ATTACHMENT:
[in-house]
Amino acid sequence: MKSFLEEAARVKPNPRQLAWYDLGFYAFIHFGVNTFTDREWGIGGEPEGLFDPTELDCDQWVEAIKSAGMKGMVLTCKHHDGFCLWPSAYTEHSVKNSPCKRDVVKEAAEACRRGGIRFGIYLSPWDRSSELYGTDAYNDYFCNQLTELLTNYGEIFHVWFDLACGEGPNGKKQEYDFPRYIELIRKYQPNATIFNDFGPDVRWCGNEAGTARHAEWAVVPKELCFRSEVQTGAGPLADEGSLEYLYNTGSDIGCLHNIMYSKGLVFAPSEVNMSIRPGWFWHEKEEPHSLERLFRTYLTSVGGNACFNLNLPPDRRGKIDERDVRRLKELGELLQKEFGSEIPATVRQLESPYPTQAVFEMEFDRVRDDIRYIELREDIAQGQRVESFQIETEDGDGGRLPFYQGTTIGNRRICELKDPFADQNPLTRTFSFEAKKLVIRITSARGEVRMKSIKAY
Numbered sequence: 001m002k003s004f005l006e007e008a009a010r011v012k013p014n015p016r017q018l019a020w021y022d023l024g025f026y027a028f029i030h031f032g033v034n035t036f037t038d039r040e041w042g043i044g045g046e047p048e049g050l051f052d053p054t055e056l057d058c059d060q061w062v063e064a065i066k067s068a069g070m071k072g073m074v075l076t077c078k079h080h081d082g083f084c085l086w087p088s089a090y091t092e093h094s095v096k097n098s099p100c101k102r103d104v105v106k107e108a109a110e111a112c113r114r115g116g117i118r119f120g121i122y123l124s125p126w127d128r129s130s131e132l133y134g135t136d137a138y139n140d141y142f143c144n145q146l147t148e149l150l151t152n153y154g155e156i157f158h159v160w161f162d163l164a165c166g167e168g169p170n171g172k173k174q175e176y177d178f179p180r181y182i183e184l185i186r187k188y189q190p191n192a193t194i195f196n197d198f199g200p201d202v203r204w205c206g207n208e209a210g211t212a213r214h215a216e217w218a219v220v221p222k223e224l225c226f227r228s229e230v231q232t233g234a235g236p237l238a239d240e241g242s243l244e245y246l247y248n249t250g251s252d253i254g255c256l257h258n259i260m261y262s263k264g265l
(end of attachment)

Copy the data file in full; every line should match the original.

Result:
[in-house]
Amino acid sequence: MKSFLEEAARVKPNPRQLAWYDLGFYAFIHFGVNTFTDREWGIGGEPEGLFDPTELDCDQWVEAIKSAGMKGMVLTCKHHDGFCLWPSAYTEHSVKNSPCKRDVVKEAAEACRRGGIRFGIYLSPWDRSSELYGTDAYNDYFCNQLTELLTNYGEIFHVWFDLACGEGPNGKKQEYDFPRYIELIRKYQPNATIFNDFGPDVRWCGNEAGTARHAEWAVVPKELCFRSEVQTGAGPLADEGSLEYLYNTGSDIGCLHNIMYSKGLVFAPSEVNMSIRPGWFWHEKEEPHSLERLFRTYLTSVGGNACFNLNLPPDRRGKIDERDVRRLKELGELLQKEFGSEIPATVRQLESPYPTQAVFEMEFDRVRDDIRYIELREDIAQGQRVESFQIETEDGDGGRLPFYQGTTIGNRRICELKDPFADQNPLTRTFSFEAKKLVIRITSARGEVRMKSIKAY
Numbered sequence: 001m002k003s004f005l006e007e008a009a010r011v012k013p014n015p016r017q018l019a020w021y022d023l024g025f026y027a028f029i030h031f032g033v034n035t036f037t038d039r040e041w042g043i044g045g046e047p048e049g050l051f052d053p054t055e056l057d058c059d060q061w062v063e064a065i066k067s068a069g070m071k072g073m074v075l076t077c078k079h080h081d082g083f084c085l086w087p088s089a090y091t092e093h094s095v096k097n098s099p100c101k102r103d104v105v106k107e108a109a110e111a112c113r114r115g116g117i118r119f120g121i122y123l124s125p126w127d128r129s130s131e132l133y134g135t136d137a138y139n140d141y142f143c144n145q146l147t148e149l150l151t152n153y154g155e156i157f158h159v160w161f162d163l164a165c166g167e168g169p170n171g172k173k174q175e176y177d178f179p180r181y182i183e184l185i186r187k188y189q190p191n192a193t194i195f196n197d198f199g200p201d202v203r204w205c206g207n208e209a210g211t212a213r214h215a216e217w218a219v220v221p222k223e224l225c226f227r228s229e230v231q232t233g234a235g236p237l238a239d240e241g242s243l244e245y246l247y248n249t250g251s252d253i254g255c256l257h258n259i260m261y262s263k264g265l